What You Can Do When Your Partner is Being Distant

Posted by on Aug 30, 2020 in Couples Counseling | Comments Off on What You Can Do When Your Partner is Being Distant

Is your partner is more reserved with you now? Are they less engaged than they were in the past? It might be that you notice less closeness between you or that they are being distant.

Distancing happens when one partner physically and/or emotionally withdraws from the other. There are many reasons why a partner might become distant but, as I discussed in a separate article, it might be that you are doing things to contribute to your partner’s pulling away.

If this is true, all is not lost. The good news? You can make things better. Being distant in your relationship can be bridged with work and commitment and the relationship can be healed. Here’s how to make it happen:

Consider Your Role When Your Partner is Being Distant

Take some alone time to look at how you treat your partner. This isn’t always the most comfortable thing to do. However, it’s important to do by yourself in order to find a path forward towards healing. Consider these issues and whether they apply to you:

  • Have you neglected or ignored your partner?
  • Do you overly criticize your partner or dismiss their ideas and thoughts?
  • Does your partner feel misunderstood by you?

Reflect on whether these issues have come up between you and your partner. Also, what was your role in these situations? They may have contributed to your partner being distant from you.

Start a Conversation

The next step is to start a conversation about being distant. Talk with your partner about how you have noticed their distancing. Let them know that you miss feeling more connected. Share your perceptions with them; however, don’t judge. That’s part of the problem and likely why your partner is being distant in the first place. 

Instead, ask questions. For example, ask “ how am I contributing to the problem?” Get their feedback and remain open to what your partner says. Use this process to start a dialogue with your partner about distancing and your relationship. Realize it might take more than one conversation.

Also, use this moment as an opportunity to take responsibility for your actions. Accept and own how your behavior contributes to the distancing.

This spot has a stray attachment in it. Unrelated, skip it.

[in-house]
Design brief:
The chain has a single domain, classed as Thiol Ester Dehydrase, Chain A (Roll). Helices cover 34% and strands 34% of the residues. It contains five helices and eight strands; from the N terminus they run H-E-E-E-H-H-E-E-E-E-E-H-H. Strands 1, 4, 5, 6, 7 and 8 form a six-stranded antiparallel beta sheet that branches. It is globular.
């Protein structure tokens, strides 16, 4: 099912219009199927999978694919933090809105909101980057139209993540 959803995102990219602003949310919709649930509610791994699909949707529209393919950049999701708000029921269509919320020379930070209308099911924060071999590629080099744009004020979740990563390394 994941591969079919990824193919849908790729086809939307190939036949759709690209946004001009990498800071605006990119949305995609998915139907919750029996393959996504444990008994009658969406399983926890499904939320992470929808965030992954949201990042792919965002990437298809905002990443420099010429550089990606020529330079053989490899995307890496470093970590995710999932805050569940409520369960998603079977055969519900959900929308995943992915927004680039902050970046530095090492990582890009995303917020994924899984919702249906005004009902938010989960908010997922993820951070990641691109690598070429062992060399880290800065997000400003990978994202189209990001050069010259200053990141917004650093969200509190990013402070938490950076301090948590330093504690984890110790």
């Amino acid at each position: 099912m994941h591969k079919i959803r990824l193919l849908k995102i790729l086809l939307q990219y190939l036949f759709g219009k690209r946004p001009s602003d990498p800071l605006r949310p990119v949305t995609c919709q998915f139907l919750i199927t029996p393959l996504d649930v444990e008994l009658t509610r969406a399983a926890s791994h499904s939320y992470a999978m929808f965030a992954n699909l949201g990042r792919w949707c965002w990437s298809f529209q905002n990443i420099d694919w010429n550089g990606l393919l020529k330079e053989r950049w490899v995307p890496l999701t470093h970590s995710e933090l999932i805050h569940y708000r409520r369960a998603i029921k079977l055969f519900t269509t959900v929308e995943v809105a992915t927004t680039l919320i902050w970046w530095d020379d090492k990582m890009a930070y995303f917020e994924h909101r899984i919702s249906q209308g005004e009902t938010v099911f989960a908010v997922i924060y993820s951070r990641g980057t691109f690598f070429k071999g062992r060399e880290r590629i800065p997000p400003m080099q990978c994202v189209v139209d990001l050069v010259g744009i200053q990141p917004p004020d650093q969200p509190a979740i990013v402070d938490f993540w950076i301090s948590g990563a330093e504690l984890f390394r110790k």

Be Persistent

If you realize how your actions contribute to your partner being distant, (and your partner agrees with your observations) figure out what to do differently. Then, be willing to follow through with action. This is important because it demonstrates that you are committed to change.

Come up with a few specific things you can do differently. Although you are ultimately responsible for changing your behavior, you can enlist your partner’s help with this. For example, ask them to gently remind you when you slip back into old behavior. 

Be Patient

Finally, if your partner’s distancing has been going on for a while, remember that change is not going to happen all at once. This is going to take time. However, your commitment to your partner, the relationship, and change is key. This helps your partner recognize that you want to make things better.

Don’t expect that, after a single day of new behavior, your partner will all of a sudden believe you. Everything will not be magically different. Instead, understand that it takes time for your partner to trust that you are committed to a new way of doing things. With continued dialogue, persistence, and patience, meaningful change will happen.

The reasons for your partner’s distance did not happen overnight. If you have contributed to your partner’s distance, they may have found that the best way to protect themselves emotionally is by being distant towards you. But this doesn’t mean things can’t be different.

If you are willing to go through a process of change, you can potentially improve the situation with your partner, and once again have a relationship that is built on closeness, trust, and friendship.

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